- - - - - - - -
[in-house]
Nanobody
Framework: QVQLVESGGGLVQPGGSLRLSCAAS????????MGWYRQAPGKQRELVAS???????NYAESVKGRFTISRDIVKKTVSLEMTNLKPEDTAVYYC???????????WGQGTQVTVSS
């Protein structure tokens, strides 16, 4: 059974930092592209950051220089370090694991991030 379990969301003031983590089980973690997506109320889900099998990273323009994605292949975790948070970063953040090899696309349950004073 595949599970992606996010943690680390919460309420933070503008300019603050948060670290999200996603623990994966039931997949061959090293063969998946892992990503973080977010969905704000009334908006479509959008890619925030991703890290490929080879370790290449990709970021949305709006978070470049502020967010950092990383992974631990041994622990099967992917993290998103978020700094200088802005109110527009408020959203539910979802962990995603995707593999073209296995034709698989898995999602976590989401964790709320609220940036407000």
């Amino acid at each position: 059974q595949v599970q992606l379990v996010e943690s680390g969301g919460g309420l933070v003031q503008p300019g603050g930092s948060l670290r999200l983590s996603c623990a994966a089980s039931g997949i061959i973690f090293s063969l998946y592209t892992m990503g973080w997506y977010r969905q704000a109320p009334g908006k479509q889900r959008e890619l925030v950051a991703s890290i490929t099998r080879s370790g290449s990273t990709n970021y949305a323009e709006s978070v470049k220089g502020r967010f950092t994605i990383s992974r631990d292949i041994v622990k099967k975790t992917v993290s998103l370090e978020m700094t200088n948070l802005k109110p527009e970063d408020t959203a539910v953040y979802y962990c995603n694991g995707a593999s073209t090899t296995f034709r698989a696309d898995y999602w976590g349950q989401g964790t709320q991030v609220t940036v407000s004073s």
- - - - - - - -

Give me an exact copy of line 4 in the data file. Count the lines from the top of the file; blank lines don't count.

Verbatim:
């Protein structure tokens, strides 16, 4: 059974930092592209950051220089370090694991991030 379990969301003031983590089980973690997506109320889900099998990273323009994605292949975790948070970063953040090899696309349950004073 595949599970992606996010943690680390919460309420933070503008300019603050948060670290999200996603623990994966039931997949061959090293063969998946892992990503973080977010969905704000009334908006479509959008890619925030991703890290490929080879370790290449990709970021949305709006978070470049502020967010950092990383992974631990041994622990099967992917993290998103978020700094200088802005109110527009408020959203539910979802962990995603995707593999073209296995034709698989898995999602976590989401964790709320609220940036407000």